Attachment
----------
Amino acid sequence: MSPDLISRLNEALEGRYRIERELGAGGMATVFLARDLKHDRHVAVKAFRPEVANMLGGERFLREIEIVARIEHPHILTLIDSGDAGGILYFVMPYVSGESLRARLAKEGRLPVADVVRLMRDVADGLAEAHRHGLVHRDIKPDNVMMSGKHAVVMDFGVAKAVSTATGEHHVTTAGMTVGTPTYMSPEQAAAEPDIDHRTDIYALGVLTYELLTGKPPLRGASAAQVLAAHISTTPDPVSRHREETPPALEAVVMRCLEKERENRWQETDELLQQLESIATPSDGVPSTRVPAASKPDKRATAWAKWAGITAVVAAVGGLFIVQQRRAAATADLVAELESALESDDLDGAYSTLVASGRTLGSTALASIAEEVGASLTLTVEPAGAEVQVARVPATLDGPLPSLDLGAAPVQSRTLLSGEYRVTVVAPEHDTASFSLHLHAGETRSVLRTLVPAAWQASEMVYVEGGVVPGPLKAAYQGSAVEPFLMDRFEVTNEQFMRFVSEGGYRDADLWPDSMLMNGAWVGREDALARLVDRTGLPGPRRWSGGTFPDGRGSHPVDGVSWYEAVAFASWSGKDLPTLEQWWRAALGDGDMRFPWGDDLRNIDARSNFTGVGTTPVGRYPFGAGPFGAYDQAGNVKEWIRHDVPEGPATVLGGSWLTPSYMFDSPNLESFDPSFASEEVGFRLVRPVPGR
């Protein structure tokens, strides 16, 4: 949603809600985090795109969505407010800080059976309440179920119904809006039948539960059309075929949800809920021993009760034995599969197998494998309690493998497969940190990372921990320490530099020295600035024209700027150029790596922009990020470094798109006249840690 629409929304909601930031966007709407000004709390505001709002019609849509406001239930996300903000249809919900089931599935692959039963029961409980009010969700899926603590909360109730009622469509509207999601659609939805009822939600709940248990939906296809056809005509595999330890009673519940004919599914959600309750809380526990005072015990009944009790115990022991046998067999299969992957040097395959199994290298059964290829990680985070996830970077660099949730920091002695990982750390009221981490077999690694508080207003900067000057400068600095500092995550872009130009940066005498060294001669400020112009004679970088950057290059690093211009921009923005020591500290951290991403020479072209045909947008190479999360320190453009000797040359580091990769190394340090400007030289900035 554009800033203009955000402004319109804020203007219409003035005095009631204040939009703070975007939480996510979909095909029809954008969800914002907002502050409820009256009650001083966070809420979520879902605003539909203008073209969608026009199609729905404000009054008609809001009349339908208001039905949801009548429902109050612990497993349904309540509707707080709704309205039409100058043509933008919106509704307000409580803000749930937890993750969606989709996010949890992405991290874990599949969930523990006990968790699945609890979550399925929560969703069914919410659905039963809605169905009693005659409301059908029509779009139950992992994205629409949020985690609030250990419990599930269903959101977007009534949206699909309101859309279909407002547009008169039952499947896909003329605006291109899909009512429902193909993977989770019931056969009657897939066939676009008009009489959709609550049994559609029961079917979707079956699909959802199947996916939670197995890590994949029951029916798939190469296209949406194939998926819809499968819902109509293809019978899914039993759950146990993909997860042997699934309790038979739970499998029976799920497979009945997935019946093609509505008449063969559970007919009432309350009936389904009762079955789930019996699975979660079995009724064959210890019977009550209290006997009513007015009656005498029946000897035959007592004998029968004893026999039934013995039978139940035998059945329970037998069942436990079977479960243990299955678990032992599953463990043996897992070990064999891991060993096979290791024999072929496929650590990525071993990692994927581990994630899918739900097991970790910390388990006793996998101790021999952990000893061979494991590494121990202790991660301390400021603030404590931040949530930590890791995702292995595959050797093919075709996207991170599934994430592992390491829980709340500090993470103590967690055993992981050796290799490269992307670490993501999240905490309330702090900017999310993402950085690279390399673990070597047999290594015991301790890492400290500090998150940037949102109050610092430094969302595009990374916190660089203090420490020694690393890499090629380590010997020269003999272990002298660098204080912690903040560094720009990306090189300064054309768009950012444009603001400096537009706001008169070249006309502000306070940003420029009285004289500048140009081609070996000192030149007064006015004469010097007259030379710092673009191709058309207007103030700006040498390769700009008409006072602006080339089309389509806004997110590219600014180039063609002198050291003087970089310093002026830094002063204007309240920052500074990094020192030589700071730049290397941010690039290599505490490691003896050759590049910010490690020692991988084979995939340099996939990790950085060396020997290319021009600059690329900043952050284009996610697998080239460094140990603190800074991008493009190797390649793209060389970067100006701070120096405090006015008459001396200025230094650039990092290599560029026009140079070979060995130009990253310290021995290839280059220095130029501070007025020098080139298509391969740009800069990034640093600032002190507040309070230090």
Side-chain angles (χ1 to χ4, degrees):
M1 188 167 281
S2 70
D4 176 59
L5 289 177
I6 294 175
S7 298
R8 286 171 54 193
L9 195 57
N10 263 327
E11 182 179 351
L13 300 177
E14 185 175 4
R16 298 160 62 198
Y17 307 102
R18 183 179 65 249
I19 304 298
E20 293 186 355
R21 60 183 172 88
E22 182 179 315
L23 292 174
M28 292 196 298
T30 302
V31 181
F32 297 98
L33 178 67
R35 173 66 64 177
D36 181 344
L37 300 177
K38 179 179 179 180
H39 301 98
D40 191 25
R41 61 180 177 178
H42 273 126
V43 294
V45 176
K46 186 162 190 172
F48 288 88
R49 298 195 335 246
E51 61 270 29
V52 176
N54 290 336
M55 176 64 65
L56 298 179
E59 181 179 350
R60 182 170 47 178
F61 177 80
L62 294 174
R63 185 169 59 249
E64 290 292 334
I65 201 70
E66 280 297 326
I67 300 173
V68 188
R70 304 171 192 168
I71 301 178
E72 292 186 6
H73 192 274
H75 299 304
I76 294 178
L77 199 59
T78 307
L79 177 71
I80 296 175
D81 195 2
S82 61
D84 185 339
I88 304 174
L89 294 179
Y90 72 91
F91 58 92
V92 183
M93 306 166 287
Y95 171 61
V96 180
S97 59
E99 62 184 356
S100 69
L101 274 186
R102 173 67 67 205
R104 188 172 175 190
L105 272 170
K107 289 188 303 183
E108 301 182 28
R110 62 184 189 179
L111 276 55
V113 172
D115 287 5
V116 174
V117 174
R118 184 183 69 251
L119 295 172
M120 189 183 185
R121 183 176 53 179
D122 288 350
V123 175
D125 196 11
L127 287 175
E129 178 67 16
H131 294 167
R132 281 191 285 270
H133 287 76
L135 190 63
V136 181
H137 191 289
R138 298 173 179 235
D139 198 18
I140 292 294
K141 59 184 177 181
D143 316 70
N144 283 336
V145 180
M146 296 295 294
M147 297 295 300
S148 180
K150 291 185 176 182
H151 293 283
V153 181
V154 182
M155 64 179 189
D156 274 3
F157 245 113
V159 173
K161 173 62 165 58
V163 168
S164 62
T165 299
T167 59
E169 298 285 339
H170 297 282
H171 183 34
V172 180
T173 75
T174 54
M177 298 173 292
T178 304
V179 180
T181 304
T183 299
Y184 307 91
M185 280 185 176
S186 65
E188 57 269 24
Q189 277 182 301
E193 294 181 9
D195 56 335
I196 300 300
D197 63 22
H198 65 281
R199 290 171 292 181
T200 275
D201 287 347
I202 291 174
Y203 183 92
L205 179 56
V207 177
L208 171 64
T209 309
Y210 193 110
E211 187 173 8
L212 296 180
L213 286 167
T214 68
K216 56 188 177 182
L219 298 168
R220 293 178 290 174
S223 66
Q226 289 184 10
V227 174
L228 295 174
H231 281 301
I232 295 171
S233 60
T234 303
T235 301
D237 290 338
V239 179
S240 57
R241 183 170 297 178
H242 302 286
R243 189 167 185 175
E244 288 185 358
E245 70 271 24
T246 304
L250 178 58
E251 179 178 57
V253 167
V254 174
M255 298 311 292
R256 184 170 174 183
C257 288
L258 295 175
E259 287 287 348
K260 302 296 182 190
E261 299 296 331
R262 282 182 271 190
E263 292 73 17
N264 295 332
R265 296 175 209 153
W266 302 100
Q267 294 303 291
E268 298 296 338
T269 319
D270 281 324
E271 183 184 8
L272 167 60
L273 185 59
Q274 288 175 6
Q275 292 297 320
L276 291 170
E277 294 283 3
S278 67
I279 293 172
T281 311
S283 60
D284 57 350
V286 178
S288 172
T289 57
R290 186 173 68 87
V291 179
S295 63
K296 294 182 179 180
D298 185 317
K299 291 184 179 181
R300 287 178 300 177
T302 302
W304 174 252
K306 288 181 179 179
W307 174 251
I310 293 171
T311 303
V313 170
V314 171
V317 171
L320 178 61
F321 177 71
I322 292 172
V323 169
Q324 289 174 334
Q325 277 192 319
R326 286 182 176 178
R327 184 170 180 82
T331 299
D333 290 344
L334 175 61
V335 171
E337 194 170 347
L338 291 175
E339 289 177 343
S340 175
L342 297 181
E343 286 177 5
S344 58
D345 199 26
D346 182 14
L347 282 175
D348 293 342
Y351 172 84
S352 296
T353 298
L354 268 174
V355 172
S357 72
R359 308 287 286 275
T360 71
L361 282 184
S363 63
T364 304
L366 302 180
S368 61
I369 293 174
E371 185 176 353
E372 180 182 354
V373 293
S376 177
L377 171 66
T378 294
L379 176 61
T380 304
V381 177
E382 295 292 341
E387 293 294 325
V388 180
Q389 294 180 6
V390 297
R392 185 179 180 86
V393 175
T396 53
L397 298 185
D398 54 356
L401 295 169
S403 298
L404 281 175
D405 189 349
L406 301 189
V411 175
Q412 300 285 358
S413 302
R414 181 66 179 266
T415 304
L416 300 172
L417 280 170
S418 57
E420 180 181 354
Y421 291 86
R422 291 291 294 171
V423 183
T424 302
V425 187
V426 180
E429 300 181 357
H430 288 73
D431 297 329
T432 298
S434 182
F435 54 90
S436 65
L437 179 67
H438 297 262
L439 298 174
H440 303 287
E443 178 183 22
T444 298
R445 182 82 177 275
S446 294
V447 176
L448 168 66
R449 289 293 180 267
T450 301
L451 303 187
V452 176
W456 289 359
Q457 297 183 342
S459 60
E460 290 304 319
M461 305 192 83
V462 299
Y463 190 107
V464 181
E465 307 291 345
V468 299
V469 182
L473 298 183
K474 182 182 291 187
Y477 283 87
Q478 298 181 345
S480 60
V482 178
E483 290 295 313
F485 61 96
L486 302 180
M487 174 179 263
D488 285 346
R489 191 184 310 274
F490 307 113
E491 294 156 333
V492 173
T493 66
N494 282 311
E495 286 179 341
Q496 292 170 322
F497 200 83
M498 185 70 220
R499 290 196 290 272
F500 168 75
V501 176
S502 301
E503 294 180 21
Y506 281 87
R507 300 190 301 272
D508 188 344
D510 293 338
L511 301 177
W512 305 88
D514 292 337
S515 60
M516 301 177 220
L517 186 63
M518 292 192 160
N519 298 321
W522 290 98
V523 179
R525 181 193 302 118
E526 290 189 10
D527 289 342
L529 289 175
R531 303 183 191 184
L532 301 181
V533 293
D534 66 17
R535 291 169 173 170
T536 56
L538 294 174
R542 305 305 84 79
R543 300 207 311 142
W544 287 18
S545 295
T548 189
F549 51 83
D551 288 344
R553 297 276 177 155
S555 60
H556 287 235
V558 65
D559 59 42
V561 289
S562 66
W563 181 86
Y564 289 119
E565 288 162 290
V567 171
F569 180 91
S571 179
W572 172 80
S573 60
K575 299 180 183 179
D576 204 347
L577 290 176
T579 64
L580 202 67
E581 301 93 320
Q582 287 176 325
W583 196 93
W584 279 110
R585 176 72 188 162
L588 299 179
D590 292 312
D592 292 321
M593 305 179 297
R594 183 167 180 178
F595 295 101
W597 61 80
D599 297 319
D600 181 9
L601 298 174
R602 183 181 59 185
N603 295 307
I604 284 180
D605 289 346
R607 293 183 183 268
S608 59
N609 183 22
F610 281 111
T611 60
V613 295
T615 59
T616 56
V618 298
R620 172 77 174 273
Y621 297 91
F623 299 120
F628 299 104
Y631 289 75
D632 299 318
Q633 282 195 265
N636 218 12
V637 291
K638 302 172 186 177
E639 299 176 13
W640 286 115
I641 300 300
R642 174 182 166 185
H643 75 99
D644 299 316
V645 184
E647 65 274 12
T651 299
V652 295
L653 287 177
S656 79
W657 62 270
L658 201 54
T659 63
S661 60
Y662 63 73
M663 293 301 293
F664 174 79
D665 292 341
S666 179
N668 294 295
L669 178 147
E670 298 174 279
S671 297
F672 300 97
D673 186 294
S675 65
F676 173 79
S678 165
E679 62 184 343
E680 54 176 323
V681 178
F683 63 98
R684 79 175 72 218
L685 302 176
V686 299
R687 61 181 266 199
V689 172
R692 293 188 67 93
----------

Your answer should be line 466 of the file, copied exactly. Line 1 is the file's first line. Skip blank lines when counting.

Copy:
H643 75 99